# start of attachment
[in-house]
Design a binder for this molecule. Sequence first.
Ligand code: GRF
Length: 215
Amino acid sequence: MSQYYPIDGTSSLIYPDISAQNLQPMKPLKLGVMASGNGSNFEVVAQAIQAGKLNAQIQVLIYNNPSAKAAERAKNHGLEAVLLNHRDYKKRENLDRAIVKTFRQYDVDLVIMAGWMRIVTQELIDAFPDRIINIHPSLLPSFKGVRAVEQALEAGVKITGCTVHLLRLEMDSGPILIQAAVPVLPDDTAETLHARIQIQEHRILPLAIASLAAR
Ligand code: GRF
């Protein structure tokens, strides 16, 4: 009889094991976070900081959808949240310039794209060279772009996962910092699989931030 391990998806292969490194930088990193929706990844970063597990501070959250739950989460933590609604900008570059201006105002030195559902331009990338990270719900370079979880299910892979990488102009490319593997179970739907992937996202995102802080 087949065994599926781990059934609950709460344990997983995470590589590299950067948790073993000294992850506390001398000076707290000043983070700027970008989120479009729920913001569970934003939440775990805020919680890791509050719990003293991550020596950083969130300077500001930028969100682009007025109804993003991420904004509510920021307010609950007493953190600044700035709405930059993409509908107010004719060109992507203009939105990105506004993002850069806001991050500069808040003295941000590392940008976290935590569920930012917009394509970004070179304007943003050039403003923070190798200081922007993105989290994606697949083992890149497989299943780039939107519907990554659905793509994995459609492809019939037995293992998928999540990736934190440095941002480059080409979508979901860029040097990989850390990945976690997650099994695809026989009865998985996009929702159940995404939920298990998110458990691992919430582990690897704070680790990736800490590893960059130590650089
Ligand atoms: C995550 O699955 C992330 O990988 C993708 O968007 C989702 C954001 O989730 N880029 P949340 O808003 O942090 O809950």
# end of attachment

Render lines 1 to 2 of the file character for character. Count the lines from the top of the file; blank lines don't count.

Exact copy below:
[in-house]
Design a binder for this molecule. Sequence first.